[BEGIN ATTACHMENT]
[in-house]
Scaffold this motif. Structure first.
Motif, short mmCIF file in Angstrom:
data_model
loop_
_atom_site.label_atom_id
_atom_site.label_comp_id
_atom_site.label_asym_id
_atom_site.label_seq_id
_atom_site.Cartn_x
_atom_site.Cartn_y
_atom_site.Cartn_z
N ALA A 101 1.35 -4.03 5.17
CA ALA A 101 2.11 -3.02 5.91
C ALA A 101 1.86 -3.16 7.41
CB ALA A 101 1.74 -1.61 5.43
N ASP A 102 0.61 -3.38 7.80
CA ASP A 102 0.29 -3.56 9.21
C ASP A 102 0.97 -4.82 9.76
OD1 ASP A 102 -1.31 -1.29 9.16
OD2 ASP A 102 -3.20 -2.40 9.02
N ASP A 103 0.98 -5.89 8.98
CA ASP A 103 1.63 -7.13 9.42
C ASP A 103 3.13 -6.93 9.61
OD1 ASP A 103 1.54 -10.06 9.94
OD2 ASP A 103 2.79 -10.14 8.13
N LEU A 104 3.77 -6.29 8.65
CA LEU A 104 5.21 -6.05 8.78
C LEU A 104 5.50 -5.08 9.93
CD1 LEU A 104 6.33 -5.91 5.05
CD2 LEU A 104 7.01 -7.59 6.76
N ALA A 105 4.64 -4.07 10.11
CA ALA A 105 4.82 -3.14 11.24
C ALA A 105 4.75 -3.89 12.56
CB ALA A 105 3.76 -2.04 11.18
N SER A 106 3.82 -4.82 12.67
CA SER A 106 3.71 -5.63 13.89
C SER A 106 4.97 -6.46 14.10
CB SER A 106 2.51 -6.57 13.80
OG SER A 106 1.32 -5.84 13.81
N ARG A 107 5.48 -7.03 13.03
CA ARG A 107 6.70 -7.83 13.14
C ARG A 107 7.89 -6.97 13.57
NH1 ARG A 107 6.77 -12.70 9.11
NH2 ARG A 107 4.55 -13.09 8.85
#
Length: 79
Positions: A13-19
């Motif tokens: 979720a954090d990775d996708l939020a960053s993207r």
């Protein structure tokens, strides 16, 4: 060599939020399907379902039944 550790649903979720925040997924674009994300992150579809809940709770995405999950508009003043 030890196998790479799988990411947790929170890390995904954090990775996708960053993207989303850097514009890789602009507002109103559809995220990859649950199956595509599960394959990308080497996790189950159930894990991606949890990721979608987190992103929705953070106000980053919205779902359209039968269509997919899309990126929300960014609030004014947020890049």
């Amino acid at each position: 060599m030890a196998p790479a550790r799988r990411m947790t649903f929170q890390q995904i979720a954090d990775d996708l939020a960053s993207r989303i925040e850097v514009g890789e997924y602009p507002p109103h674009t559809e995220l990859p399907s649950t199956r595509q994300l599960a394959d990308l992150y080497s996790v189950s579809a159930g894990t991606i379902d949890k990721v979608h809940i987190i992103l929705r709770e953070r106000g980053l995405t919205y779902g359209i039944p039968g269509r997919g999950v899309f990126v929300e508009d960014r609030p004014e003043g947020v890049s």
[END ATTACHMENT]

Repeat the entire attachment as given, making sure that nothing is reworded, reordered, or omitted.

[in-house]
Scaffold this motif. Structure first.
Motif, short mmCIF file in Angstrom:
data_model
loop_
_atom_site.label_atom_id
_atom_site.label_comp_id
_atom_site.label_asym_id
_atom_site.label_seq_id
_atom_site.Cartn_x
_atom_site.Cartn_y
_atom_site.Cartn_z
N ALA A 101 1.35 -4.03 5.17
CA ALA A 101 2.11 -3.02 5.91
C ALA A 101 1.86 -3.16 7.41
CB ALA A 101 1.74 -1.61 5.43
N ASP A 102 0.61 -3.38 7.80
CA ASP A 102 0.29 -3.56 9.21
C ASP A 102 0.97 -4.82 9.76
OD1 ASP A 102 -1.31 -1.29 9.16
OD2 ASP A 102 -3.20 -2.40 9.02
N ASP A 103 0.98 -5.89 8.98
CA ASP A 103 1.63 -7.13 9.42
C ASP A 103 3.13 -6.93 9.61
OD1 ASP A 103 1.54 -10.06 9.94
OD2 ASP A 103 2.79 -10.14 8.13
N LEU A 104 3.77 -6.29 8.65
CA LEU A 104 5.21 -6.05 8.78
C LEU A 104 5.50 -5.08 9.93
CD1 LEU A 104 6.33 -5.91 5.05
CD2 LEU A 104 7.01 -7.59 6.76
N ALA A 105 4.64 -4.07 10.11
CA ALA A 105 4.82 -3.14 11.24
C ALA A 105 4.75 -3.89 12.56
CB ALA A 105 3.76 -2.04 11.18
N SER A 106 3.82 -4.82 12.67
CA SER A 106 3.71 -5.63 13.89
C SER A 106 4.97 -6.46 14.10
CB SER A 106 2.51 -6.57 13.80
OG SER A 106 1.32 -5.84 13.81
N ARG A 107 5.48 -7.03 13.03
CA ARG A 107 6.70 -7.83 13.14
C ARG A 107 7.89 -6.97 13.57
NH1 ARG A 107 6.77 -12.70 9.11
NH2 ARG A 107 4.55 -13.09 8.85
#
Length: 79
Positions: A13-19
């Motif tokens: 979720a954090d990775d996708l939020a960053s993207r």
């Protein structure tokens, strides 16, 4: 060599939020399907379902039944 550790649903979720925040997924674009994300992150579809809940709770995405999950508009003043 030890196998790479799988990411947790929170890390995904954090990775996708960053993207989303850097514009890789602009507002109103559809995220990859649950199956595509599960394959990308080497996790189950159930894990991606949890990721979608987190992103929705953070106000980053919205779902359209039968269509997919899309990126929300960014609030004014947020890049």
């Amino acid at each position: 060599m030890a196998p790479a550790r799988r990411m947790t649903f929170q890390q995904i979720a954090d990775d996708l939020a960053s993207r989303i925040e850097v514009g890789e997924y602009p507002p109103h674009t559809e995220l990859p399907s649950t199956r595509q994300l599960a394959d990308l992150y080497s996790v189950s579809a159930g894990t991606i379902d949890k990721v979608h809940i987190i992103l929705r709770e953070r106000g980053l995405t919205y779902g359209i039944p039968g269509r997919g999950v899309f990126v929300e508009d960014r609030p004014e003043g947020v890049s």